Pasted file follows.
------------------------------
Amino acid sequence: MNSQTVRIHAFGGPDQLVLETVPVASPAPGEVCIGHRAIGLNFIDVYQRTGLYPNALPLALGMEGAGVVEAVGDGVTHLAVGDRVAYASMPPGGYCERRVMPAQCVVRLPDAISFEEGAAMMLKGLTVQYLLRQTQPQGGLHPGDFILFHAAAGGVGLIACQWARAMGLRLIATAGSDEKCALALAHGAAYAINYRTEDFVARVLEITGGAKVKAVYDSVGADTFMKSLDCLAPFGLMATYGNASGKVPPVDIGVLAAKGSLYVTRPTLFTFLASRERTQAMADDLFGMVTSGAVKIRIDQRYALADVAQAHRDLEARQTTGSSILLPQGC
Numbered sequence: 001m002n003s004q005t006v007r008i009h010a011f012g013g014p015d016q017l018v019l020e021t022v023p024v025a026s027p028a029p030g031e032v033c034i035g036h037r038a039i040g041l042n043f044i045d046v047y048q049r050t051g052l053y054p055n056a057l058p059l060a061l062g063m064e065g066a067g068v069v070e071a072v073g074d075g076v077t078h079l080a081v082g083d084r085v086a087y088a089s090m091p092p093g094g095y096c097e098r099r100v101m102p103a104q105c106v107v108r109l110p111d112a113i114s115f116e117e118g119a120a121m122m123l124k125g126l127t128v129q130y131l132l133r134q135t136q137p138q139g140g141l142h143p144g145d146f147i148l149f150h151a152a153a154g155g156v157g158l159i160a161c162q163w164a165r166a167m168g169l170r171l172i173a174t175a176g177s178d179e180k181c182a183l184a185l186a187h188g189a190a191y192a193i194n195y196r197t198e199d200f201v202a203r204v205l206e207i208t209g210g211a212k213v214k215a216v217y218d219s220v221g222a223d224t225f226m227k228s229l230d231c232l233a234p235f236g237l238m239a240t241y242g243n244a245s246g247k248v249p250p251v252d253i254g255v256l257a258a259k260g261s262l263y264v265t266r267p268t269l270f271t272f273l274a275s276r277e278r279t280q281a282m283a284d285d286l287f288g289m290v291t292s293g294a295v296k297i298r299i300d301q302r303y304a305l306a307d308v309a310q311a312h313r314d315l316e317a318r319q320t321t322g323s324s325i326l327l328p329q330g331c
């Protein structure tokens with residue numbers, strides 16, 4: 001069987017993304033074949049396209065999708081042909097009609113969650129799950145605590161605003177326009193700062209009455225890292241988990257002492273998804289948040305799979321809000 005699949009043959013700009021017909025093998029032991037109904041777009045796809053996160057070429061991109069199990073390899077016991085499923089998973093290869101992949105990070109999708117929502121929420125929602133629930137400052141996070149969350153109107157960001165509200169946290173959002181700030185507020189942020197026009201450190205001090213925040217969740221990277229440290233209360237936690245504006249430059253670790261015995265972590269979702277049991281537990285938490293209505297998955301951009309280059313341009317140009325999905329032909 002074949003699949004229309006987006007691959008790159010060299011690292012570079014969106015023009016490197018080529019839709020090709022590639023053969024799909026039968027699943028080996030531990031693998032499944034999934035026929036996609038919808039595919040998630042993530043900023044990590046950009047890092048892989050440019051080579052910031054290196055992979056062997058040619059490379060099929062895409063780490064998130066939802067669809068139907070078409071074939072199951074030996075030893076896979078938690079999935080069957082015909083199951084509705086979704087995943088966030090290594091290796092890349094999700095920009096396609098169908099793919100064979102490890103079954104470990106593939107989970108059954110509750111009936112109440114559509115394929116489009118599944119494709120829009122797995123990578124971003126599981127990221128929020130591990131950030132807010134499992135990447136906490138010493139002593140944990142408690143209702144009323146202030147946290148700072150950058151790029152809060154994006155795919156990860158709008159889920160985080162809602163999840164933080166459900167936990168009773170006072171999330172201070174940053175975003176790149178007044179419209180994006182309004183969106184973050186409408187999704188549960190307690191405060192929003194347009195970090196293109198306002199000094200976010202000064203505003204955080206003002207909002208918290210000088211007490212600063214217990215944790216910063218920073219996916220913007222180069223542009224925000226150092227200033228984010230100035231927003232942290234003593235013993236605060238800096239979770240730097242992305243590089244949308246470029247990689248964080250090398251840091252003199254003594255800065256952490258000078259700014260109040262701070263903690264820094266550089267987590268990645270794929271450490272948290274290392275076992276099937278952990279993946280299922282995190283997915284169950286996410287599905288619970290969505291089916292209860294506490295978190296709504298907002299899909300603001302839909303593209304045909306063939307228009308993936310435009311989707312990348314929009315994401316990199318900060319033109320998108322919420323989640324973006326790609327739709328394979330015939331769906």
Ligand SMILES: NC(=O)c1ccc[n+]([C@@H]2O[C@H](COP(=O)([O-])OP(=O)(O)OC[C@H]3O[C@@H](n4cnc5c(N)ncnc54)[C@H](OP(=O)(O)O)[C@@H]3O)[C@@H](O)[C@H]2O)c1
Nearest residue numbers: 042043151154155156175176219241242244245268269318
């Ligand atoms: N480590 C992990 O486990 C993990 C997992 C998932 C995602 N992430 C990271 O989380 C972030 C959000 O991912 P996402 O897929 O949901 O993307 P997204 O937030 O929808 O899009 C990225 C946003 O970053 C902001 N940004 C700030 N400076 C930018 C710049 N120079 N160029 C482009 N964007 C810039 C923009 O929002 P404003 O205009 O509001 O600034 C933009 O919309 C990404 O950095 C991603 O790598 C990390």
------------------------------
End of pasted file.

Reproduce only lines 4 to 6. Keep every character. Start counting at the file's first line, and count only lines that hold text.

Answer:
Ligand SMILES: NC(=O)c1ccc[n+]([C@@H]2O[C@H](COP(=O)([O-])OP(=O)(O)OC[C@H]3O[C@@H](n4cnc5c(N)ncnc54)[C@H](OP(=O)(O)O)[C@@H]3O)[C@@H](O)[C@H]2O)c1
Nearest residue numbers: 042043151154155156175176219241242244245268269318
């Ligand atoms: N480590 C992990 O486990 C993990 C997992 C998932 C995602 N992430 C990271 O989380 C972030 C959000 O991912 P996402 O897929 O949901 O993307 P997204 O937030 O929808 O899009 C990225 C946003 O970053 C902001 N940004 C700030 N400076 C930018 C710049 N120079 N160029 C482009 N964007 C810039 C923009 O929002 P404003 O205009 O509001 O600034 C933009 O919309 C990404 O950095 C991603 O790598 C990390």